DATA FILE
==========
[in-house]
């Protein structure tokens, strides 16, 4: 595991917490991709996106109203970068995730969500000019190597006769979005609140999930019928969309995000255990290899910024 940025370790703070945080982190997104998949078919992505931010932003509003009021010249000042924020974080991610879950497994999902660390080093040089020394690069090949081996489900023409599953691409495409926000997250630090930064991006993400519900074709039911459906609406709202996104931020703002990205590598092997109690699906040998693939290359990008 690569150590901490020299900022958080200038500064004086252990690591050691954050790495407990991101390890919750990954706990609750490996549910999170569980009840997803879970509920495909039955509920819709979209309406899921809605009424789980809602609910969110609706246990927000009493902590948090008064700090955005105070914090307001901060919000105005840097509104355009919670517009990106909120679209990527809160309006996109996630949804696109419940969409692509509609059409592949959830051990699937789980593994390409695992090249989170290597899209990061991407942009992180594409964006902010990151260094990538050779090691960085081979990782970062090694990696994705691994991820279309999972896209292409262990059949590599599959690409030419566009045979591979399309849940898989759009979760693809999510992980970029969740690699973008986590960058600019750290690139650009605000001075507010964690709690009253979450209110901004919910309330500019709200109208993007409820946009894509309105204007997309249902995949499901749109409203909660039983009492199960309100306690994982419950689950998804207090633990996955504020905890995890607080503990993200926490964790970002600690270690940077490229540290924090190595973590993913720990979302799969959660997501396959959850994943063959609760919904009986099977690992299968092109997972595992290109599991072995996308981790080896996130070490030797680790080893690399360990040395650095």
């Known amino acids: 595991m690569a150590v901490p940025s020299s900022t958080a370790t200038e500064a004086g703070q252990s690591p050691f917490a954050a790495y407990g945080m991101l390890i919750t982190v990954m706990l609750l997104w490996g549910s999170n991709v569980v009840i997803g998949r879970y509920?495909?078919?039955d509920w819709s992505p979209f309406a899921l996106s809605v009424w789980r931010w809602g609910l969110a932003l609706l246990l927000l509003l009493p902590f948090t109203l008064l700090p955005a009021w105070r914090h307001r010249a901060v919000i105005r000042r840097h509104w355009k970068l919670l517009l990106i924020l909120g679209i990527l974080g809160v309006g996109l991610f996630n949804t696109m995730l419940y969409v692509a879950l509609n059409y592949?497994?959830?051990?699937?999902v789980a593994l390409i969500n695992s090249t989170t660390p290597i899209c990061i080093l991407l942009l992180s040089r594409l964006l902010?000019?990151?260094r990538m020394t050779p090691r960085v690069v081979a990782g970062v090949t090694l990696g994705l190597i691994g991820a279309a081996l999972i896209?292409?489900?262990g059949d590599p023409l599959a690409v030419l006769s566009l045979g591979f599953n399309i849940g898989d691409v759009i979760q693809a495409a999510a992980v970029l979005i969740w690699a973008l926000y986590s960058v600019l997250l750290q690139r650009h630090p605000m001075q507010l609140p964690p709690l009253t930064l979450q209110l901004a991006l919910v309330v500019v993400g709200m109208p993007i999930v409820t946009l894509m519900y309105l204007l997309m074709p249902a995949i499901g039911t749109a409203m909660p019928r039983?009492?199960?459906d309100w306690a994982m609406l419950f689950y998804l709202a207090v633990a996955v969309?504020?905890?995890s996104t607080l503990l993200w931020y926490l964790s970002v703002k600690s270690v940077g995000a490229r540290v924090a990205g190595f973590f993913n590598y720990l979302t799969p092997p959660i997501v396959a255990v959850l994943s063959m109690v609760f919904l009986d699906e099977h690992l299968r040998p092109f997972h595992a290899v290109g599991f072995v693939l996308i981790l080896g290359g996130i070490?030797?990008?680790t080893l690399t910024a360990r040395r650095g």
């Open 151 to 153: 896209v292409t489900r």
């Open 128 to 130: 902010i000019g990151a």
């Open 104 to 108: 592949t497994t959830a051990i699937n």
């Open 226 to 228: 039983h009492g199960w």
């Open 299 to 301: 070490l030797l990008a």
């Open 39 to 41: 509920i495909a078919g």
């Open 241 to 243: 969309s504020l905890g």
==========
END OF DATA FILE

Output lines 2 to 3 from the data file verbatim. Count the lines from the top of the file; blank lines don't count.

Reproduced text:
């Protein structure tokens, strides 16, 4: 595991917490991709996106109203970068995730969500000019190597006769979005609140999930019928969309995000255990290899910024 940025370790703070945080982190997104998949078919992505931010932003509003009021010249000042924020974080991610879950497994999902660390080093040089020394690069090949081996489900023409599953691409495409926000997250630090930064991006993400519900074709039911459906609406709202996104931020703002990205590598092997109690699906040998693939290359990008 690569150590901490020299900022958080200038500064004086252990690591050691954050790495407990991101390890919750990954706990609750490996549910999170569980009840997803879970509920495909039955509920819709979209309406899921809605009424789980809602609910969110609706246990927000009493902590948090008064700090955005105070914090307001901060919000105005840097509104355009919670517009990106909120679209990527809160309006996109996630949804696109419940969409692509509609059409592949959830051990699937789980593994390409695992090249989170290597899209990061991407942009992180594409964006902010990151260094990538050779090691960085081979990782970062090694990696994705691994991820279309999972896209292409262990059949590599599959690409030419566009045979591979399309849940898989759009979760693809999510992980970029969740690699973008986590960058600019750290690139650009605000001075507010964690709690009253979450209110901004919910309330500019709200109208993007409820946009894509309105204007997309249902995949499901749109409203909660039983009492199960309100306690994982419950689950998804207090633990996955504020905890995890607080503990993200926490964790970002600690270690940077490229540290924090190595973590993913720990979302799969959660997501396959959850994943063959609760919904009986099977690992299968092109997972595992290109599991072995996308981790080896996130070490030797680790080893690399360990040395650095």
């Known amino acids: 595991m690569a150590v901490p940025s020299s900022t958080a370790t200038e500064a004086g703070q252990s690591p050691f917490a954050a790495y407990g945080m991101l390890i919750t982190v990954m706990l609750l997104w490996g549910s999170n991709v569980v009840i997803g998949r879970y509920?495909?078919?039955d509920w819709s992505p979209f309406a899921l996106s809605v009424w789980r931010w809602g609910l969110a932003l609706l246990l927000l509003l009493p902590f948090t109203l008064l700090p955005a009021w105070r914090h307001r010249a901060v919000i105005r000042r840097h509104w355009k970068l919670l517009l990106i924020l909120g679209i990527l974080g809160v309006g996109l991610f996630n949804t696109m995730l419940y969409v692509a879950l509609n059409y592949?497994?959830?051990?699937?999902v789980a593994l390409i969500n695992s090249t989170t660390p290597i899209c990061i080093l991407l942009l992180s040089r594409l964006l902010?000019?990151?260094r990538m020394t050779p090691r960085v690069v081979a990782g970062v090949t090694l990696g994705l190597i691994g991820a279309a081996l999972i896209?292409?489900?262990g059949d590599p023409l599959a690409v030419l006769s566009l045979g591979f599953n399309i849940g898989d691409v759009i979760q693809a495409a999510a992980v970029l979005i969740w690699a973008l926000y986590s960058v600019l997250l750290q690139r650009h630090p605000m001075q507010l609140p964690p709690l009253t930064l979450q209110l901004a991006l919910v309330v500019v993400g709200m109208p993007i999930v409820t946009l894509m519900y309105l204007l997309m074709p249902a995949i499901g039911t749109a409203m909660p019928r039983?009492?199960?459906d309100w306690a994982m609406l419950f689950y998804l709202a207090v633990a996955v969309?504020?905890?995890s996104t607080l503990l993200w931020y926490l964790s970002v703002k600690s270690v940077g995000a490229r540290v924090a990205g190595f973590f993913n590598y720990l979302t799969p092997p959660i997501v396959a255990v959850l994943s063959m109690v609760f919904l009986d699906e099977h690992l299968r040998p092109f997972h595992a290899v290109g599991f072995v693939l996308i981790l080896g290359g996130i070490?030797?990008?680790t080893l690399t910024a360990r040395r650095g």